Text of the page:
Dr. Grant Jacobson, the Hometown Veterinarian, celebrates 25 years in Marshalltown

T-R PHOTO BY ROBERT MAHARRY The Hometown Veterinarian Owner/Operator Dr. Grant Jacobson, pictured with a cat named Chilly, is celebrating 25 years of practicing in Marshalltown with an open house set for June 28 from 4 to 6 p.m. at 101 Iowa Ave. W. Ste. 300.

Dr. Grant Jacobson, who grew up on a farm near Ferguson and graduated from the old LDF-SEMCO High School (now East Marshall), first moved north to Minnesota after completing veterinary school at Iowa State University, but he and his wife Jami, an alumni of Marshalltown High School (MHS), dreamed of someday returning to the area where they were both born and raised. In 1999, the right opportunity came along, and the rest is history.

A quarter of a century later, Jacobson continues to practice in Marshalltown, and since 2018, he has owned and operated his own practice, the Hometown Veterinarian, at 101 Iowa Ave. W. Ste. 300. If it had been up to him, he would have started his career in central Iowa, but Jacobson initially couldn’t find a job here and instead headed for Wyoming, Minn., a small town just northeast of the Twin Cities. He finally got the call home from Animal Clinic — The Vet two years later, however, and he and his young family returned.

One of the reasons, he joked, was that his oldest son, a baby at the time, didn’t handle long car rides well, so the five-hour trips back and forth between Wyoming and the Marshalltown area on holidays and for family gatherings were a challenge, to say the least. Jacobson had gotten a call about coming back and at first declined because the family was happy in Minnesota, but after a few of those road trips, his answer changed quickly.

Another chapter in his career began when Animal Clinic — The Vet was sold to VCA, and Jacobson decided to branch out on his own and open The Hometown Veterinarian at its current location, which has grown and evolved further over the last six years with four additional vets now on staff and the amount of space nearly doubled since then. He had always been interested in the idea of having his own practice someday, even if it didn’t happen exactly the way he originally planned.

Like any other field, there have been major changes in the industry over the last three decades, with Jacobson noting that the first labeled pain reliever for dogs was released in 1997, the year he graduated from veterinary school.

“It wasn’t long before that where you’d still have people saying things like ‘Well, animals don’t feel pain like people do,’ which is completely untrue. Anybody and everybody knows that’s not the case,” he said. “What I’ve really seen is where pain relief was kind of this afterthought, (now) it’s an expectation.”

The way humans treat their pets has also evolved — the days of leaving the dog in the barn or the doghouse are mostly over as many now sleep in the same beds as their owners and are essentially treated as members of the family. For many millennials, it’s often joked that dogs are the new kids.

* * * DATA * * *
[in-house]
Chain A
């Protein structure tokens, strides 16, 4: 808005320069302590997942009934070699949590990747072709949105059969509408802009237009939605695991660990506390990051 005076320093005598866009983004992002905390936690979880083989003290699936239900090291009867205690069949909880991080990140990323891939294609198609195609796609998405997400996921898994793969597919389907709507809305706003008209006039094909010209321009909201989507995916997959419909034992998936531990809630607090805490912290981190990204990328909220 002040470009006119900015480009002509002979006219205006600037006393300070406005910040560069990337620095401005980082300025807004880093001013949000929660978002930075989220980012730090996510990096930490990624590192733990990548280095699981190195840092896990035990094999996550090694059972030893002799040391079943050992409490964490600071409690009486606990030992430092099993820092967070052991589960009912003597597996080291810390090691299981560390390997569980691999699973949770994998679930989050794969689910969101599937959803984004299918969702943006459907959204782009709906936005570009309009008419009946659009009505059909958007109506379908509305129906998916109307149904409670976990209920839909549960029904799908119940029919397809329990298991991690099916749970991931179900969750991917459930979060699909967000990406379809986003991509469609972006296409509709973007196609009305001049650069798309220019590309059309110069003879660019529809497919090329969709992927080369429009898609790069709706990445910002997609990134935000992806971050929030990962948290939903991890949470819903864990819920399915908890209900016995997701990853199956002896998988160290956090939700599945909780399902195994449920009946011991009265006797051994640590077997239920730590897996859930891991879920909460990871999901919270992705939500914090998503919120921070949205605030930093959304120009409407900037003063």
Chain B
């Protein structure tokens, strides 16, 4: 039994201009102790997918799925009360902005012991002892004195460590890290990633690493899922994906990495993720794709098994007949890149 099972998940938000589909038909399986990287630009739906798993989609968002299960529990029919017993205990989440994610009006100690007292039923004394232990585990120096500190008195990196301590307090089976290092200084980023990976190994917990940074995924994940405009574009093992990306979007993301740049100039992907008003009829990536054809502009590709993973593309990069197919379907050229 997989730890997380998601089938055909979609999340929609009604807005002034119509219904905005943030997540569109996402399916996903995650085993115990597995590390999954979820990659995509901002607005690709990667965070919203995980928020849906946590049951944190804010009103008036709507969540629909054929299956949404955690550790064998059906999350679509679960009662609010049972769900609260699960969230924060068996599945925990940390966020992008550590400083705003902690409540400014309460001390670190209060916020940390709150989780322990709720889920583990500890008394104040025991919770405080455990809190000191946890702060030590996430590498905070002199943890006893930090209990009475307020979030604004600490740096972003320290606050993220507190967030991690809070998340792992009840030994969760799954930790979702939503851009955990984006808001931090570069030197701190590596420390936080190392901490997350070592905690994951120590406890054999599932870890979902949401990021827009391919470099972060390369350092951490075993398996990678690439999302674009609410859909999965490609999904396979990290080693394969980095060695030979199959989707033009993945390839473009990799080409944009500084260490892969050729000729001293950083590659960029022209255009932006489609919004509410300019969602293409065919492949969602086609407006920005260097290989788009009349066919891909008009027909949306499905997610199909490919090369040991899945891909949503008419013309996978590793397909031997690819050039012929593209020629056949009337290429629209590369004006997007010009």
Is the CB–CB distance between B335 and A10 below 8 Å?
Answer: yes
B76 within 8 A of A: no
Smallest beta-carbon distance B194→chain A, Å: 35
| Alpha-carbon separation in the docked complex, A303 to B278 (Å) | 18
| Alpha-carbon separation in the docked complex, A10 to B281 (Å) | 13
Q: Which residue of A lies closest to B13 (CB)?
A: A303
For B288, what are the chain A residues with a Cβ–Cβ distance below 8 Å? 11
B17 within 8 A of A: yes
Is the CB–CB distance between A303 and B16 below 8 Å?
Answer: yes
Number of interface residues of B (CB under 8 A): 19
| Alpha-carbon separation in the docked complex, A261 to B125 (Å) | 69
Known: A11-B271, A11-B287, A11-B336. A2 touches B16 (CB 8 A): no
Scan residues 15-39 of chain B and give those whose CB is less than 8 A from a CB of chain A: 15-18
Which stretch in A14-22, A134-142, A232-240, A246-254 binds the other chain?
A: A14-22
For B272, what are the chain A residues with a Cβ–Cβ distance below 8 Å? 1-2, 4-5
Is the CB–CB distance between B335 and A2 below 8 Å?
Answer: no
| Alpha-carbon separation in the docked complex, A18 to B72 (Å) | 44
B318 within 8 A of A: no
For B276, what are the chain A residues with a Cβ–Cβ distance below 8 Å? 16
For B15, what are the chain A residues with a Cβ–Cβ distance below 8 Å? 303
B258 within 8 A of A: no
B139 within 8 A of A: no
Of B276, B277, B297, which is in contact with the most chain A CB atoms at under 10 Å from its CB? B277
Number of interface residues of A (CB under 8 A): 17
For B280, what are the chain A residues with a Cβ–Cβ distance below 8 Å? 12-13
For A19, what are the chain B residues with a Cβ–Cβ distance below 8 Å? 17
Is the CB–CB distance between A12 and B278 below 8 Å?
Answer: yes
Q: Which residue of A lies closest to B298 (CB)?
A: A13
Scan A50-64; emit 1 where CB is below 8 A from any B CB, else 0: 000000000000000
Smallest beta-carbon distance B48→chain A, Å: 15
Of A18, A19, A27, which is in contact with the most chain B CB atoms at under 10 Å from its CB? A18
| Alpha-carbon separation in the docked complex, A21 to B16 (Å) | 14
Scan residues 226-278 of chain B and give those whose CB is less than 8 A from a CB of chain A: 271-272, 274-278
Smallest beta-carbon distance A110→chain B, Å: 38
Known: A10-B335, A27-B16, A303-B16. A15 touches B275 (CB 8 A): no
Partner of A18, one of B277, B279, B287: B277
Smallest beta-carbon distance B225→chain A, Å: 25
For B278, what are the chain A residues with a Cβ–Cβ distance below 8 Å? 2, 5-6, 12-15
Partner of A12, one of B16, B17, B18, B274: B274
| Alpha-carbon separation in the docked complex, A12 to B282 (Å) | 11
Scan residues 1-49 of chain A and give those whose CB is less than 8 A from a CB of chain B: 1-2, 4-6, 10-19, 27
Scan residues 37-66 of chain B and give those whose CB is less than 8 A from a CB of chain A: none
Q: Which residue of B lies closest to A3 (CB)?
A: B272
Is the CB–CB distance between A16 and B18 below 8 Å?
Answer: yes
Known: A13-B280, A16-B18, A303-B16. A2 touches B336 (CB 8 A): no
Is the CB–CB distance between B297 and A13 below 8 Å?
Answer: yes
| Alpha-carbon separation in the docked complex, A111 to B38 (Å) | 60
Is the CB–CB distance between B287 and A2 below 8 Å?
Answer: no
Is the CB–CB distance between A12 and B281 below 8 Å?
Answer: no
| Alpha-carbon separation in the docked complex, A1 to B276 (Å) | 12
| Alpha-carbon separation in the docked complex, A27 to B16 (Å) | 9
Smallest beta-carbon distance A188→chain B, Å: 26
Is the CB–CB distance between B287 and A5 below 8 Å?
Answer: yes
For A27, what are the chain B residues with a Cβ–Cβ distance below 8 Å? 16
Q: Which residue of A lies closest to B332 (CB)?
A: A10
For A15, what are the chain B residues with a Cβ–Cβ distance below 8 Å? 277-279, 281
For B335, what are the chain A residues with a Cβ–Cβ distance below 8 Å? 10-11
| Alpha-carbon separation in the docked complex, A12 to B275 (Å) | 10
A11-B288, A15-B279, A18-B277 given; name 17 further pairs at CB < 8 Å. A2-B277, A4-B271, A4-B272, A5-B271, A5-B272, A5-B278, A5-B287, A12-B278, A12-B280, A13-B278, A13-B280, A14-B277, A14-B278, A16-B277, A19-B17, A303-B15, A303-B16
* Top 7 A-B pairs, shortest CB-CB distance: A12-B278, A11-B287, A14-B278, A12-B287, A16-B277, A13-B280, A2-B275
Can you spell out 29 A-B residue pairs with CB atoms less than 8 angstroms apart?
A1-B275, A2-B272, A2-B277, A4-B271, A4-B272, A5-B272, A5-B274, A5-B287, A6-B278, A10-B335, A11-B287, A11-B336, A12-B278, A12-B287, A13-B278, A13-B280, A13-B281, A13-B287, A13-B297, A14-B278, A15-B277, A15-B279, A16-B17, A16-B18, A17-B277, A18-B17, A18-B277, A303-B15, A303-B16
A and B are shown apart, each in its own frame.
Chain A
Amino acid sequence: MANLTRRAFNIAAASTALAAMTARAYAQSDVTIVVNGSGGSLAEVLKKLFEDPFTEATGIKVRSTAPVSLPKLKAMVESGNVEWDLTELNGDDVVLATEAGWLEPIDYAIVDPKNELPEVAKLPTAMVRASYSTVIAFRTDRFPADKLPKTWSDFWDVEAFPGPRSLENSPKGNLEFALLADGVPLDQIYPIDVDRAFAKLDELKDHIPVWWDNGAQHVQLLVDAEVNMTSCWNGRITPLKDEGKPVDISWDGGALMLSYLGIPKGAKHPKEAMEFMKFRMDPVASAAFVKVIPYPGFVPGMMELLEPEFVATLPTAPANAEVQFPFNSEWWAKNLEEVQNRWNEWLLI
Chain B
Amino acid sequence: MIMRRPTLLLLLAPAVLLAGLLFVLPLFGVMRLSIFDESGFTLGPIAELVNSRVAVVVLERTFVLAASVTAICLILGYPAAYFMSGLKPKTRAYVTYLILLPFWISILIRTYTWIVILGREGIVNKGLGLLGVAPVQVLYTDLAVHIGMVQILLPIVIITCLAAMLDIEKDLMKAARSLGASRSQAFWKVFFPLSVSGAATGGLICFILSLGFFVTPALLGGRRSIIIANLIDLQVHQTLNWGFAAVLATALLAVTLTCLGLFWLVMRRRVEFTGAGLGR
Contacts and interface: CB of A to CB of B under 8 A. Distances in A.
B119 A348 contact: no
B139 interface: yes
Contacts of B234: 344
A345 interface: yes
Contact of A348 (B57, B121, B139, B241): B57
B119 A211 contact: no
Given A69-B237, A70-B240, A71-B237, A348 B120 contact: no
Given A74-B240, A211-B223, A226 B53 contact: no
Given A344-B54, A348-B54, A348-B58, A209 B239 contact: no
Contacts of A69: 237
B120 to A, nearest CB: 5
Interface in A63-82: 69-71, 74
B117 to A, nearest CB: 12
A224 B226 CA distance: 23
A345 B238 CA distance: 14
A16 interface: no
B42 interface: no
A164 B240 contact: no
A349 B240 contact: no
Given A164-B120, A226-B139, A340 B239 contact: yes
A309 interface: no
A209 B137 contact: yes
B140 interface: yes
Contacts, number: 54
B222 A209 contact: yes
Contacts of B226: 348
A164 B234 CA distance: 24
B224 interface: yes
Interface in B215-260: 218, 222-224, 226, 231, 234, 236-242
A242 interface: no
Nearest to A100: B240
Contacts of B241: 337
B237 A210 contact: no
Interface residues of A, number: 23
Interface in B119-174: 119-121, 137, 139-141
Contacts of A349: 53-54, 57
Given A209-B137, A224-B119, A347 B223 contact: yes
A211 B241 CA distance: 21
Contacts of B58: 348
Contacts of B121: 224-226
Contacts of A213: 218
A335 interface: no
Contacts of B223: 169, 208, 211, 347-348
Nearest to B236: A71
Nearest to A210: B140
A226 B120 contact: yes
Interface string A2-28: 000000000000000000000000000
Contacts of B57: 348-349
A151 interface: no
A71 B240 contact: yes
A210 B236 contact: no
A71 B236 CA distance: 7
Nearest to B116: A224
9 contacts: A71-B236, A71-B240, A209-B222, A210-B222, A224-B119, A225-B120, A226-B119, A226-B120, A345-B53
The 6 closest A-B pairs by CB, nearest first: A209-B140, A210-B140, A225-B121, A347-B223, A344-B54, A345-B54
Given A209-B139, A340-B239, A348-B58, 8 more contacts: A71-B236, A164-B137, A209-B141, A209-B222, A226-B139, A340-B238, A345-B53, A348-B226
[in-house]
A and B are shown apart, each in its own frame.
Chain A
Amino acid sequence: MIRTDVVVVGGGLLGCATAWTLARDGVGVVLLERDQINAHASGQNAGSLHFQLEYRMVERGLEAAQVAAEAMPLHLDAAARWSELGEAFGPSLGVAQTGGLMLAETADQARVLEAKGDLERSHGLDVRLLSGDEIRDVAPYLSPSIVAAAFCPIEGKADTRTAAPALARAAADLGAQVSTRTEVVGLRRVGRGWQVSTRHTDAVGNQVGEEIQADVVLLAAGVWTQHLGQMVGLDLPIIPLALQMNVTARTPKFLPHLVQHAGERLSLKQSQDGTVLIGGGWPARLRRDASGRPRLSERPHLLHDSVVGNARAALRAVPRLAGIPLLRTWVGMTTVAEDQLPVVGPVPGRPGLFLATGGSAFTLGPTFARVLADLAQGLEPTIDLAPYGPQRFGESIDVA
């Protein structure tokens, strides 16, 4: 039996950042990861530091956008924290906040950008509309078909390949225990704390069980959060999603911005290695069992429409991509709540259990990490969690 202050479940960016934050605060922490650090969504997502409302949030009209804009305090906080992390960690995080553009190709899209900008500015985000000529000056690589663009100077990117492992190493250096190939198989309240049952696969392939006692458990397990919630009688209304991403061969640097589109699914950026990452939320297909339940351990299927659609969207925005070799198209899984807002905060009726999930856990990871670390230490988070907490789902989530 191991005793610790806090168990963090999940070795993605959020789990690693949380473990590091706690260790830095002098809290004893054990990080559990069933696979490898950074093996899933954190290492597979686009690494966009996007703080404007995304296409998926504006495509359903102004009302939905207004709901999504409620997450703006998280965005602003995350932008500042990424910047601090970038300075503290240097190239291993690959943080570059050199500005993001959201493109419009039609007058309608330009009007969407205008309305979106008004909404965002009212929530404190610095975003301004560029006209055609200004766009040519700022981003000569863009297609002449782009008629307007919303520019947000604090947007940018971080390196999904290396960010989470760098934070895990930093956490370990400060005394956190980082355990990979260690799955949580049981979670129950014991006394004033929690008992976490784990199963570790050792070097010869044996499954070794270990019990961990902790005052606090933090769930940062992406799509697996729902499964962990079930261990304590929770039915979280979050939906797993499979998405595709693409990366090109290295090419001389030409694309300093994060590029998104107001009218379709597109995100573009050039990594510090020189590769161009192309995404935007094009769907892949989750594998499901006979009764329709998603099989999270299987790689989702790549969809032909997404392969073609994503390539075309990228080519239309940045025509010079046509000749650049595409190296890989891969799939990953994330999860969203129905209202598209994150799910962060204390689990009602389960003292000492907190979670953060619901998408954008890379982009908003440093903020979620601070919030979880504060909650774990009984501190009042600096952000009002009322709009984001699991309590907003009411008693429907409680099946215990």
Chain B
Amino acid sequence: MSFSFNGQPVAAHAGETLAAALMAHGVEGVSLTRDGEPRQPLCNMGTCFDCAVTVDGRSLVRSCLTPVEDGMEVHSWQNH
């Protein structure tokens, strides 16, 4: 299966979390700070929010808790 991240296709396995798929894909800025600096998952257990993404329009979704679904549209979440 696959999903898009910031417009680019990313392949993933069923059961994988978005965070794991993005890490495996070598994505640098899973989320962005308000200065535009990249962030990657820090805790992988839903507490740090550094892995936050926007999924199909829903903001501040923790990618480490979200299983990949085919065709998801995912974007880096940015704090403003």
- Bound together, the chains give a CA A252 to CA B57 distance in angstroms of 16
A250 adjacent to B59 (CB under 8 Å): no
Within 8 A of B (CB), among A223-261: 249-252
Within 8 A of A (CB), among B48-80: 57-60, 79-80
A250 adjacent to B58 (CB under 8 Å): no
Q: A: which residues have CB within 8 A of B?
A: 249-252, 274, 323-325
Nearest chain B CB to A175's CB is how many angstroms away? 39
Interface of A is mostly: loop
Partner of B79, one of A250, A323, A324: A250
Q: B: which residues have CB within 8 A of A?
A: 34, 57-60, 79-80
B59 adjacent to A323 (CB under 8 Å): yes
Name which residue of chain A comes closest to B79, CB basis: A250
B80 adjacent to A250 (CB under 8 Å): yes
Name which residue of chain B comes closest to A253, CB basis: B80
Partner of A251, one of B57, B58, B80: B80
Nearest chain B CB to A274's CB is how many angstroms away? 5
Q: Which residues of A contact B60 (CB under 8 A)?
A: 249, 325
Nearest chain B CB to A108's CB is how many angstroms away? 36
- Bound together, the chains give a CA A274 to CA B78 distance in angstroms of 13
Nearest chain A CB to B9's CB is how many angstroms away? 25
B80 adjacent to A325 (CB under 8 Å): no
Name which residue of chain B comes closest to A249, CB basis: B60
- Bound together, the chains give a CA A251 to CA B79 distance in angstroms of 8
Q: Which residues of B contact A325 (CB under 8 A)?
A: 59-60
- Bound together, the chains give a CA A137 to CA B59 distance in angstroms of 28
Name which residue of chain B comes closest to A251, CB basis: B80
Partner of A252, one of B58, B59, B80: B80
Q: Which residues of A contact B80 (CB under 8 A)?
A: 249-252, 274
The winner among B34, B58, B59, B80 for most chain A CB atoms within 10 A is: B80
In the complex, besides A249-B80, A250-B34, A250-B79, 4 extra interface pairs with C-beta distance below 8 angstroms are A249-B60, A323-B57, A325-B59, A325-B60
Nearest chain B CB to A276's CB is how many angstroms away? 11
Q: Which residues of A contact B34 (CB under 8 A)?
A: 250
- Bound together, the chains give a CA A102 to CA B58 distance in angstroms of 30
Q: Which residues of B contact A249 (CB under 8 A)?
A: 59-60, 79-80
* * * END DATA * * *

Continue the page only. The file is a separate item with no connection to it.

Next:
“I think that’s a good thing. There’s a lot of reasons for that, but one of the big ones that I believe and other veterinarians have pointed out, so I didn’t just come up with this on my own, is flea control,” he said. “We have such good products and things to control that where it used to be ‘Well, you don’t want to let the dog in the house because you don’t want fleas.’ Well now, we’re using the things, and nobody even thinks about fleas anymore because you just give them the stuff, and it’s not an issue.”

Fundamentally, he added, most pet owners now expect the same level of care for their dogs and cats that they would want for their children, and quality care is a core aspect of Jacobson’s mission. In reflecting on his 25 years practicing in the community, he thought back to an ethics class he took in college and the instructor’s comment that veterinarians are part of the only medical profession where they will see their patients from birth to death multiple times over.

To celebrate hitting the quarter century mark, Jacobson will hold an open house at his Iowa Avenue location from 4 to 6 p.m. on Friday, June 28.

As for what he has in store in the future, Jacobson aims to continue providing top-level care for small animals (anything that doesn’t have hooves or an exoskeleton, in his words), and a long-term goal is to establish a 24-hour emergency service. Of course, that will require adequate staffing to make it a reality.

“If I had a couple emergency veterinarians call me up tomorrow, I mean, I could be open with it next week, but that’s probably the biggest goal,” he said.

To learn more about The Hometown Veterinarian, visit https://www.hometownveterinarian.com/ or https://www.facebook.com/TheHometownVeterinarian/.


Contact Robert Maharry at 641-753-6611 ext. 255 or



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